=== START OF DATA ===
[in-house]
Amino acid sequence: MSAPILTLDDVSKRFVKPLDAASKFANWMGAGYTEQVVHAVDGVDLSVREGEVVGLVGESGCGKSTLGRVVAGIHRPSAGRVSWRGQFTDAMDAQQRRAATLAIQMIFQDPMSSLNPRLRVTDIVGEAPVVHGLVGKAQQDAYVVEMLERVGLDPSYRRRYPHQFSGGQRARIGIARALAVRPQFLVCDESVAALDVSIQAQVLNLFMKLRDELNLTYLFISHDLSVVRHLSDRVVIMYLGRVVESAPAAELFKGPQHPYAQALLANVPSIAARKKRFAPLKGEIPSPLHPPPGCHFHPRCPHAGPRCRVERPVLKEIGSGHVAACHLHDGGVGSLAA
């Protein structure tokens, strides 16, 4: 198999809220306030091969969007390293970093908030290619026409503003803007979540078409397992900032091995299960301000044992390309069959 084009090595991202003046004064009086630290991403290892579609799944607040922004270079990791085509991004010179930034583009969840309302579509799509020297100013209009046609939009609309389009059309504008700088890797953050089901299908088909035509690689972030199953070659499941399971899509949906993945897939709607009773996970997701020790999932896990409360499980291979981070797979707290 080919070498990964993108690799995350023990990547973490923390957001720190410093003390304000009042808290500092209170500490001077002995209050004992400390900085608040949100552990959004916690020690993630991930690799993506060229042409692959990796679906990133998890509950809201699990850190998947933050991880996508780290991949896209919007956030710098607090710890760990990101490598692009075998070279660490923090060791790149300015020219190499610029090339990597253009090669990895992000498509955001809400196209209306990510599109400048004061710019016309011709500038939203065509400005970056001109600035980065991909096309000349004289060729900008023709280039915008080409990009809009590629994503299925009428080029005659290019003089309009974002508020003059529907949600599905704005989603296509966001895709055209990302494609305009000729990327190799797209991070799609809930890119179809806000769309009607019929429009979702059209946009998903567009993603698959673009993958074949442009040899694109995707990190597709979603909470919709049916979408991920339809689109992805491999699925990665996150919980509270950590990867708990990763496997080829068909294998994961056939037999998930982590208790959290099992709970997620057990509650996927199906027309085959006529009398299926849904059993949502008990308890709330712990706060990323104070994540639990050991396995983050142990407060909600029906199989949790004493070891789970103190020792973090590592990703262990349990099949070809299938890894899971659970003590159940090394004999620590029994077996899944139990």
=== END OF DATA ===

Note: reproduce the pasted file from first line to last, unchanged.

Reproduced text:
[in-house]
Amino acid sequence: MSAPILTLDDVSKRFVKPLDAASKFANWMGAGYTEQVVHAVDGVDLSVREGEVVGLVGESGCGKSTLGRVVAGIHRPSAGRVSWRGQFTDAMDAQQRRAATLAIQMIFQDPMSSLNPRLRVTDIVGEAPVVHGLVGKAQQDAYVVEMLERVGLDPSYRRRYPHQFSGGQRARIGIARALAVRPQFLVCDESVAALDVSIQAQVLNLFMKLRDELNLTYLFISHDLSVVRHLSDRVVIMYLGRVVESAPAAELFKGPQHPYAQALLANVPSIAARKKRFAPLKGEIPSPLHPPPGCHFHPRCPHAGPRCRVERPVLKEIGSGHVAACHLHDGGVGSLAA
């Protein structure tokens, strides 16, 4: 198999809220306030091969969007390293970093908030290619026409503003803007979540078409397992900032091995299960301000044992390309069959 084009090595991202003046004064009086630290991403290892579609799944607040922004270079990791085509991004010179930034583009969840309302579509799509020297100013209009046609939009609309389009059309504008700088890797953050089901299908088909035509690689972030199953070659499941399971899509949906993945897939709607009773996970997701020790999932896990409360499980291979981070797979707290 080919070498990964993108690799995350023990990547973490923390957001720190410093003390304000009042808290500092209170500490001077002995209050004992400390900085608040949100552990959004916690020690993630991930690799993506060229042409692959990796679906990133998890509950809201699990850190998947933050991880996508780290991949896209919007956030710098607090710890760990990101490598692009075998070279660490923090060791790149300015020219190499610029090339990597253009090669990895992000498509955001809400196209209306990510599109400048004061710019016309011709500038939203065509400005970056001109600035980065991909096309000349004289060729900008023709280039915008080409990009809009590629994503299925009428080029005659290019003089309009974002508020003059529907949600599905704005989603296509966001895709055209990302494609305009000729990327190799797209991070799609809930890119179809806000769309009607019929429009979702059209946009998903567009993603698959673009993958074949442009040899694109995707990190597709979603909470919709049916979408991920339809689109992805491999699925990665996150919980509270950590990867708990990763496997080829068909294998994961056939037999998930982590208790959290099992709970997620057990509650996927199906027309085959006529009398299926849904059993949502008990308890709330712990706060990323104070994540639990050991396995983050142990407060909600029906199989949790004493070891789970103190020792973090590592990703262990349990099949070809299938890894899971659970003590159940090394004999620590029994077996899944139990």